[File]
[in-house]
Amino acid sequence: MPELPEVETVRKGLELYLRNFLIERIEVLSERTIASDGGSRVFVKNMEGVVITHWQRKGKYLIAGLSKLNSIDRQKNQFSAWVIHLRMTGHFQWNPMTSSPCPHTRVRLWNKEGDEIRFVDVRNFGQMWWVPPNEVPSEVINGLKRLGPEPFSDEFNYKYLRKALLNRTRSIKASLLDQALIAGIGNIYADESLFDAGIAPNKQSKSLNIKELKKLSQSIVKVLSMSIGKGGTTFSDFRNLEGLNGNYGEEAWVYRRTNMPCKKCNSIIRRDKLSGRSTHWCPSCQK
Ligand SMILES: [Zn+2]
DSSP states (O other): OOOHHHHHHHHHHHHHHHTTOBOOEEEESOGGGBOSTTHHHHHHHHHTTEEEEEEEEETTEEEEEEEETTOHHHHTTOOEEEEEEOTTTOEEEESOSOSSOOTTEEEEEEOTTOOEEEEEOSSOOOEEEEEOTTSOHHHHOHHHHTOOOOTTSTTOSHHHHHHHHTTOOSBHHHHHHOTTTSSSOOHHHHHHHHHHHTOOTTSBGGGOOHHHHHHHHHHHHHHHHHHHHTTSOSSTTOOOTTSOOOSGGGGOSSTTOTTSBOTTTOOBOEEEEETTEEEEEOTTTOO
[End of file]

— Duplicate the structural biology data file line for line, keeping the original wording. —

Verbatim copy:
[in-house]
Amino acid sequence: MPELPEVETVRKGLELYLRNFLIERIEVLSERTIASDGGSRVFVKNMEGVVITHWQRKGKYLIAGLSKLNSIDRQKNQFSAWVIHLRMTGHFQWNPMTSSPCPHTRVRLWNKEGDEIRFVDVRNFGQMWWVPPNEVPSEVINGLKRLGPEPFSDEFNYKYLRKALLNRTRSIKASLLDQALIAGIGNIYADESLFDAGIAPNKQSKSLNIKELKKLSQSIVKVLSMSIGKGGTTFSDFRNLEGLNGNYGEEAWVYRRTNMPCKKCNSIIRRDKLSGRSTHWCPSCQK
Ligand SMILES: [Zn+2]
DSSP states (O other): OOOHHHHHHHHHHHHHHHTTOBOOEEEESOGGGBOSTTHHHHHHHHHTTEEEEEEEEETTEEEEEEEETTOHHHHTTOOEEEEEEOTTTOEEEESOSOSSOOTTEEEEEEOTTOOEEEEEOSSOOOEEEEEOTTSOHHHHOHHHHTOOOOTTSTTOSHHHHHHHHTTOOSBHHHHHHOTTTSSSOOHHHHHHHHHHHTOOTTSBGGGOOHHHHHHHHHHHHHHHHHHHHTTSOSSTTOOOTTSOOOSGGGGOSSTTOTTSBOTTTOOBOEEEEETTEEEEEOTTTOO